There Are Flies That Venture Beneath Water To Feed On Algae | Tucson Fly Control

Tucson Fly Control

It is not often that you see flies submerging themselves in water in order to secure tasty algae, but in certain regions of the western United States these flies cannot be missed. Lakes that are located in the western US, such as Mono Lake, Owens Lake and the Great Salt Lake all have interesting insects and marine life inhabiting the waters and the surrounding land. You may have already figured out that these lakes are all high salinity alkali lakes. Naturally, some types of insects and marine life that inhabit these regions are unique, as adapting to the salty waters is necessary for survival. The few organisms that inhabit these lake regions may look similar to their relatives in other regions. But the alkali fly has features that make it one of the most unique flies on the planet. The alkali fly and its larva must feed on algae beneath the lake’s surface regularly.

The high salinity and alkalinity of these lakes makes these regions relatively inhospitable to many marine animals. In fact, there are only six insect species that inhabit these particular lake regions. The alkali fly’s larva develops beneath the surface of the salty water. To be more specific, this species of fly spends two of its three life stages below the water’s surface at all times. In order for the larva to survive the high salt and alkaline environment, its lime gland has become modified over the course of evolution. This gland is used by insects to help them excrete waste materials. The larvae feed on algae during development. The adult flies are considered terrestrial, but they must also feed on algae for sustenance. The algae that these flies feed on include diatoms, filamentous green algae, blue green algae and possibly protozoa bacteria. A portion of the fly’s body, known as the “setae”, creates a bubble that encapsulates the adult fly while it is underwater. These flies can travel as deep as eight meters below the water's surface. The famed author Mark Twain even wrote about his experiences with alkali flies in his book entitled Roughing It. Luckily for the alkali flies, the harsh saltwater environment keeps many predators away. However, these flies are often consumed by birds, and certain parasites can also be a problem for these odd insects.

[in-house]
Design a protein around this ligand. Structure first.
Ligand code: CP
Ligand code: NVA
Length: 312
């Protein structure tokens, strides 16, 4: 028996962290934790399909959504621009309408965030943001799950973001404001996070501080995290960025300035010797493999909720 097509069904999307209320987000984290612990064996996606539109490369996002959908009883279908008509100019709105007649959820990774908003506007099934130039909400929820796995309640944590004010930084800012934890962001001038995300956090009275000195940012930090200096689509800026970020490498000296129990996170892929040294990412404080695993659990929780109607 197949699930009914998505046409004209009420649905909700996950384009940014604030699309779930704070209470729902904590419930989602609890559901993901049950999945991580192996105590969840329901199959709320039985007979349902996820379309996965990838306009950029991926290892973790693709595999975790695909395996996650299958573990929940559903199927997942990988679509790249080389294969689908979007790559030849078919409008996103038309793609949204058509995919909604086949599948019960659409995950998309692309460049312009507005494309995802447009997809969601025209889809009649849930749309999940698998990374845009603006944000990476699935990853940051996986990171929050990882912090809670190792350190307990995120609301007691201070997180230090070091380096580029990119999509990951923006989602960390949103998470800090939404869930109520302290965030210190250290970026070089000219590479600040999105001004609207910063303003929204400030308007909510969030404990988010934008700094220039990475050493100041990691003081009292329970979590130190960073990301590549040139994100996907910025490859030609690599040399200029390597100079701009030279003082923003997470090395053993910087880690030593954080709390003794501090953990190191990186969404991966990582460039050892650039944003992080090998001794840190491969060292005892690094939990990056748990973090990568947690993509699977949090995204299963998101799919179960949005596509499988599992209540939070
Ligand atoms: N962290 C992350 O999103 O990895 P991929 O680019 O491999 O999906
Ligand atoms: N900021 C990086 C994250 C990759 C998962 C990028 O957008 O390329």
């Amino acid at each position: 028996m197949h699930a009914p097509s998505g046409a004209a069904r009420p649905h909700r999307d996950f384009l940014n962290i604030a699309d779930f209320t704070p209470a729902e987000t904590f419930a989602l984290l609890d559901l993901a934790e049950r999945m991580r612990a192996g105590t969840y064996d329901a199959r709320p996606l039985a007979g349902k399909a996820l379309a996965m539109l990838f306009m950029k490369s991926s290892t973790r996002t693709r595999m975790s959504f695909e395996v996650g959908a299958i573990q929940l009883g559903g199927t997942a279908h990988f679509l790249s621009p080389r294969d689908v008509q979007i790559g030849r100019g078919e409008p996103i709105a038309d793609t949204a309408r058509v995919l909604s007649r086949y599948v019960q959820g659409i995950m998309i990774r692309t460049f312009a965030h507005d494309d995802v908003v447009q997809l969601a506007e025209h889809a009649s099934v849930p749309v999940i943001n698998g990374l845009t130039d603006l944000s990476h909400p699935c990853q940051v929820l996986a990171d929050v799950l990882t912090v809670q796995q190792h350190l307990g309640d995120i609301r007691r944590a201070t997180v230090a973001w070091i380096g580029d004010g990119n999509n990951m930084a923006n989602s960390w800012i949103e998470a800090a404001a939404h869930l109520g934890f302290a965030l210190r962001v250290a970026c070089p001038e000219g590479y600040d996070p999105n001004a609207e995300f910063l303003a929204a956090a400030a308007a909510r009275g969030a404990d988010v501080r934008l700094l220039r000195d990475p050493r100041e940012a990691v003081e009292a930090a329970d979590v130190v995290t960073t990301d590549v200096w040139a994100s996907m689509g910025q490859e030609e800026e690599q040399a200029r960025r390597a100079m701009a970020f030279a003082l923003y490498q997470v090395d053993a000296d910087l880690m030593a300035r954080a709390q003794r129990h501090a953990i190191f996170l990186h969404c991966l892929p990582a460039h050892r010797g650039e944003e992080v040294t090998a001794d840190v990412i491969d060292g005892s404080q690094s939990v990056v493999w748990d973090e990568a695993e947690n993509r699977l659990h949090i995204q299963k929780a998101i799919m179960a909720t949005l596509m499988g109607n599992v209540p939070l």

Have you ever heard of an alkali fly? Did you even know that these flies existed?

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